By Mark Guarino

When Bruce Springsteen bonds with the E Street Band, rock brotherhood looks incredibly romantic. But when real blood ties are involved, touring in a van and slugging it out in clubs is rarely a recipe for harmony. Read the bios of the Davies brothers of the Kinks or the Gallaghers of Oasis to understand why.

The Bielanko brothers found the difficulties of balancing creativity within a family situation the hard way when their band Marah was first cheered as the next important band of the moment, received accolades from high profile admirers and then became ensnared in music industry indifference.
The hard scrabble disappointments have made other bands meekly return to the shadows, but for Marah, that would have been out of character with the music. Its four albums over a span of six years have been bold pronouncements of old-time rock and roll salvation, the kind Springsteen universalized in his early albums and still does in concert. Instead of the Jersey shore, Marah territory is the bleak backstreets of South Philadelphia which the band romanticizes in songs bulked up with a timeless innerworkings of doo-wop, soul, acoustic Americana and guitar rock.
Marah’s 1998 debut, “Let’s Cut the Crap and Hook Up Later On Tonight” (Black Dog) — also one of best album titles ever — received comparisons to Springsteen’s first album but deserves to be associated with the Replacements as well. Recorded on a seven-track above an auto parts store, its boozy horns, ragged guitars, cozy warmth and stories about lowlifes dreaming of the high life announced the arrival of a band that knew its influences and could filter them through a personal scope.
Dave Bielanko, Marah’s lead singer and younger brother to collaborator Serge, said when he listens to “Hook Up” today, “its sounds insane.” “It’s very passionate and very driven,” he said. “It sounds like … who we were at a certain moment. We didn’t feel we were making a record, we didn’t know what marketing was and we certainly didn’t understand the music business.”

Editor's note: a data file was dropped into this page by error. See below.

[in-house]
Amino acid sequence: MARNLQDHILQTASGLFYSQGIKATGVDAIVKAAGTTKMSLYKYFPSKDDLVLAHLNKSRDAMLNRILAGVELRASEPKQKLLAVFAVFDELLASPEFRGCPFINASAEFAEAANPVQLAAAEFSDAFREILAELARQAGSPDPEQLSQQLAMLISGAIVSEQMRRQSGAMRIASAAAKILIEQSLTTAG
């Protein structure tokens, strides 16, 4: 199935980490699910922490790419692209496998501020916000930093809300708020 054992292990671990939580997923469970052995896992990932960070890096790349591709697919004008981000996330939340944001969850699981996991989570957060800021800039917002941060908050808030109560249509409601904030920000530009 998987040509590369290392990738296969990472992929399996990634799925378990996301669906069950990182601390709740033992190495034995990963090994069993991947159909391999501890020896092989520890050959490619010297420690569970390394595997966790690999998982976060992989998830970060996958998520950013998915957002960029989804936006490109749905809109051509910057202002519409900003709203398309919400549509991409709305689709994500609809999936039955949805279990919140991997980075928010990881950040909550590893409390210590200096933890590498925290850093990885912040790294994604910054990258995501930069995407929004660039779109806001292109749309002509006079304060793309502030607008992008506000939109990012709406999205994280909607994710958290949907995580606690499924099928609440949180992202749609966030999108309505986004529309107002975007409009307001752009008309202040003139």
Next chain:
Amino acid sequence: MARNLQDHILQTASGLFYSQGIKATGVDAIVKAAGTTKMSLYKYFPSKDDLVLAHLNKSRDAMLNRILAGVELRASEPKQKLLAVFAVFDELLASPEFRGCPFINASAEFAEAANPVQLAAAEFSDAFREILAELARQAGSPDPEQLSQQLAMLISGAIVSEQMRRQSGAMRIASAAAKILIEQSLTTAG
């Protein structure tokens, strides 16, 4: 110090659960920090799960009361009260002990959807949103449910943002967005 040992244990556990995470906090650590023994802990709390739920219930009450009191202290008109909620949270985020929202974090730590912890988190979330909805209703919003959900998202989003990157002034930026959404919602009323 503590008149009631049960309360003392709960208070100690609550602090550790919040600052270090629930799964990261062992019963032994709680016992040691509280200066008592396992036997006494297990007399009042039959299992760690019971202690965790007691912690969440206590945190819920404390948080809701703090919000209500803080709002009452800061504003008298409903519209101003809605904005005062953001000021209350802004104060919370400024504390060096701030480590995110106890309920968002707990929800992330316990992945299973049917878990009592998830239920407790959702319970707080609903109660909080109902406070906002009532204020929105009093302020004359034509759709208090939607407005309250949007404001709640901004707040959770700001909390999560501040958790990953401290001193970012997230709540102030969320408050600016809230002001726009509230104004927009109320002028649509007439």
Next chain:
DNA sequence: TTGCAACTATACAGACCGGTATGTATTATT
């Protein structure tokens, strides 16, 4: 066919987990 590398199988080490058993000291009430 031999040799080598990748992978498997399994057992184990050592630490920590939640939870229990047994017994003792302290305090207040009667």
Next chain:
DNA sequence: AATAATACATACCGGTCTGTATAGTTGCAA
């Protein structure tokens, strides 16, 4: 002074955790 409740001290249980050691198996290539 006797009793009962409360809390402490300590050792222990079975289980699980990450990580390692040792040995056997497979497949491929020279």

The brothers were raised by a single mother in the city and decided to be in a band together in their early teenage years. When their first album received accolades — “High Fidelity” writer Nick Hornsby and critic Dave Marsh became early supporters — they were signed to E-Squared, the boutique label of Steve Earle that was distributed by Artemis. Their second album, “Kids in Philly” (E-Squared/Artemis) established the band’s reputation as chroniclers of streetcorner life. But Bielanko was beginning to realize critical acclaim didn’t necessarily pay the bills.
“We made the first two records really independently and they were really well received but we had nothing to show for it,” he said.
So when it was time to make a third album, the label decided to invest heavily, giving them their choice of producers. And after rejecting Prince and Phil Spector, the label okayed Owen Morris, who made his name working with major Brit-pop bands Oasis and the Verve. The brothers moved to Wales and witnessed the world of big budget studios. They made a conscious effort to write grandiose pop songs with little mention of their hometown (“you can ghettoize yourself easily. We were afraid of that,” Bielanko said). Springsteen, a fan since Marsh loaned him their albums, made a cameo, a rare coup. When it was finished, they were told by the label to fasten their seatbelts for the wild ride ahead.
They never got off the ground. Because Artemis has spent so much money on the album, they had nothing left for touring or promotion. The album disappeared amid grumblings among hardcore fans that Marah had lost their way. It remains their disrespected classic and a showcase for how far their songwriting skills could flourish on a big budget.
After that, the brothers asked to leave Artemis (“when they signed Boston, we didn’t know what was going on,” he said). They fired their manager and booking agent and started from scratch. “20,000 Streets Under the Sky” (Yep Roc), their new album, is a return to their early sound but is a definite departure from it too. There are sing-song melodies, big-sounding production numbers featuring horns and bells, but the songs are characters studies, with the focus on Bielanko’s eye for fictional detail than first person confessions. “Feather Boa” is a romantic look at a down-and-out transvestite trying to survive street violence and “Soda” is a modern day “Romeo and Juliet” cast with two Chinese and Puerto Rican teenagers. Their references weren’t the Replacements or the punk albums they grew up with, but the urban romance of Motown.
“It becomes very cinematic. It scares some people, but it’s what I naturally chase,” Bielanko said. “I don’t blame people for not doing it because it’s not of the moment. To me, it translates to what we do live. That’s the springboard for the song to live night to night.”
He said he has no plans to return to a major but instead plans to hunker down and tour on their own as much as they can. “Almost every fan we’ve got, we earned them. If that is the point to build from and we’re starting anew, then I feel really grounded,” he said.
The new rules connect with the naivete that started the brothers down the path from the beginning. “Almost every kid decides that ‘we’re going to be in a band’,” he said. “For some reason, we never stopped thinking that.”

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